And although a militarily strong but economically weak regional power invading a smaller country for wealth may seem like a strategy right out of the nineteenth century, one should remember Iraq’s decision to invade Kuwait in 1990. Iraq’s occupation of its neighbor partly stemmed from the fact that it was in dire financial straits following the Iran-Iraq War and capturing Kuwait offered it the opportunity to control significant oil holdings.
The sanctions meant to punish Russia for its activities in Ukraine and deter it from further regional aggression may make Russia more set on such adventurism. Overeffectiveness is a problem rarely encountered by U.S. policymakers; usually the United States is trying to convince its allies in Europe and Asia to go along with its strategy in order to ensure that the sanctions are even minimally biting. Indeed, so much political energy is spent ratcheting up pressure that policymakers often ignore fundamental questions about the long-term implications of these sanctions.
Policymakers would be well served to more fully consider how to hold Russia’s feet to the fire while also avoiding significant instability in Russia’s near abroad. To do that, instead of relying on sector-based sanctions aimed at slowing Russia’s economic development in the coming years, U.S. and EU policymakers could redouble efforts to target a wider swath of Russian elites close to Putin. Such a strategy, although it would have a more limited effect on the Russian economy, could put additional pressure on Putin’s inner circle while avoiding significant damage to the Russian economy.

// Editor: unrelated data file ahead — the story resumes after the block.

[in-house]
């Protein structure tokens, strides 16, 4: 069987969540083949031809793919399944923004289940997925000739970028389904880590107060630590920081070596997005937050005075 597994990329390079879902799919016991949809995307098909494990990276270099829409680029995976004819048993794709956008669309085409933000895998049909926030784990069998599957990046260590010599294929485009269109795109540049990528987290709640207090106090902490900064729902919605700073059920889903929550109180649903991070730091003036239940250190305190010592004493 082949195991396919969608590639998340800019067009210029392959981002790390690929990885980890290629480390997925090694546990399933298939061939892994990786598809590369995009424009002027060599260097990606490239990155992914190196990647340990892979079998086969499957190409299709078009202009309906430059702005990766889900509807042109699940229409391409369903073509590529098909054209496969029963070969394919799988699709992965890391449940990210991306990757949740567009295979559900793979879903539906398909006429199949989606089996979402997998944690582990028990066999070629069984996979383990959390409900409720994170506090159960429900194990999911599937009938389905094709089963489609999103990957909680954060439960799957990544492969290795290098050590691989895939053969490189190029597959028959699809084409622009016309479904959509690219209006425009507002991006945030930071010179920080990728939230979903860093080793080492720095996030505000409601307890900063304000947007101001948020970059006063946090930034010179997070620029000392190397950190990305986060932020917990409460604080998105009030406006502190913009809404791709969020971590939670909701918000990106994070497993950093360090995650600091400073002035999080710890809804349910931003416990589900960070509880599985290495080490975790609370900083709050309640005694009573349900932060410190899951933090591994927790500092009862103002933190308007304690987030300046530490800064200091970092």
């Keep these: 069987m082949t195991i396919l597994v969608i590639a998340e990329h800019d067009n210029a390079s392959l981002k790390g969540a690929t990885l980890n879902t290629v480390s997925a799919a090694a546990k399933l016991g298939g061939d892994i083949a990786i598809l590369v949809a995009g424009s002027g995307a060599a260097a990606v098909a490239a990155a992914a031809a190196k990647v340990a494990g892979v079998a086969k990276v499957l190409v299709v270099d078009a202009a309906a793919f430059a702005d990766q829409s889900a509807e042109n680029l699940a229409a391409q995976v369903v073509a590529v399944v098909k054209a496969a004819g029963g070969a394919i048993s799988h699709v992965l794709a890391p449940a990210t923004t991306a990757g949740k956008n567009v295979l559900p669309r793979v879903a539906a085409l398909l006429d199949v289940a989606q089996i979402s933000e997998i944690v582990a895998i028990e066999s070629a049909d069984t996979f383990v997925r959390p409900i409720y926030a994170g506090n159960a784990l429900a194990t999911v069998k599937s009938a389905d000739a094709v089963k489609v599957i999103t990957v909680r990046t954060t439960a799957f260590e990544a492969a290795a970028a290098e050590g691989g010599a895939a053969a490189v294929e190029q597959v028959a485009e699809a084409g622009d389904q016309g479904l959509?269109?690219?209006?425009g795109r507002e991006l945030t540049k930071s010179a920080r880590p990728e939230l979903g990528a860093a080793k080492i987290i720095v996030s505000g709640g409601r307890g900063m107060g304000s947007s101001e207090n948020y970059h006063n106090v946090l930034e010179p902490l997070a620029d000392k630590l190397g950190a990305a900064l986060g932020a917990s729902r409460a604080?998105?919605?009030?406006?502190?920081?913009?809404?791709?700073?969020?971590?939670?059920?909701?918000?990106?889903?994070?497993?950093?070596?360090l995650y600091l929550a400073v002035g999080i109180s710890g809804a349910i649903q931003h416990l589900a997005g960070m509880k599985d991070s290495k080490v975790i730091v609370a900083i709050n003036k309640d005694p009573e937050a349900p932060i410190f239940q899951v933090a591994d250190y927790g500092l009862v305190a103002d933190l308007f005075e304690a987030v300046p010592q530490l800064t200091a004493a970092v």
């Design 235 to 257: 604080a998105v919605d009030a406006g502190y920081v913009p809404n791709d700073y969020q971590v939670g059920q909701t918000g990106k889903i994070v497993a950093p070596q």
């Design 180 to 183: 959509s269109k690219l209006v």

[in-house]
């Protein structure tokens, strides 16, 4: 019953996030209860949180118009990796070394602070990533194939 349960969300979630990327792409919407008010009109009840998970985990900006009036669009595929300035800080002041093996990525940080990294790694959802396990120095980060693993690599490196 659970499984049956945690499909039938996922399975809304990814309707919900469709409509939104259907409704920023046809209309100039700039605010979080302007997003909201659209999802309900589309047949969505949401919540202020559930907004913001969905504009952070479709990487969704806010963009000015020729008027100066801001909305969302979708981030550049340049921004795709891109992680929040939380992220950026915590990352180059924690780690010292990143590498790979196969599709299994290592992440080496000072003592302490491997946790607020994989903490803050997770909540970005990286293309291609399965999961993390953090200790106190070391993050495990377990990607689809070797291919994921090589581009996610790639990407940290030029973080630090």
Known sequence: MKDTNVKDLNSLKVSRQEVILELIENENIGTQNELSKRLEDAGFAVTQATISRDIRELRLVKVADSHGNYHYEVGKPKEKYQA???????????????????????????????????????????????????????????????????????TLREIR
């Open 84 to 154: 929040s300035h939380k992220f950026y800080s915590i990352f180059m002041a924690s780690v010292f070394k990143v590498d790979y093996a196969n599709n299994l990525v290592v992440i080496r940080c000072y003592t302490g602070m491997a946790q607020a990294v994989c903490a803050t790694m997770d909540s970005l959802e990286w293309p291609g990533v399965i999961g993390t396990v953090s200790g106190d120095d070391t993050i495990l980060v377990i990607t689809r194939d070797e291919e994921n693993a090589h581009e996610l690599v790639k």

Likewise, although economic sanctions have become the go-to tool of coercive diplomacy in the past ten years, other tools could potentially be more effective. In particular, the United States and the EU should consider providing additional military aid to Ukraine -- and other threatened countries -- so that they can better defend themselves from Russian aggression. Although this policy has its own risks, it would surely decrease Russia’s incentives to seize economic resources and increase the costs of trying.
Over the past few years, U.S. and EU policymakers have honed their ability to use economic sanctions to put great pressure on countries such as Iran, Syria, and Russia. But these policymakers need to temper discussions of ratcheting up pressure with consideration of the medium- and long-term consequences of that pressure. Only then will they be in a position to ensure that their attempts at coercive diplomacy do not backfire.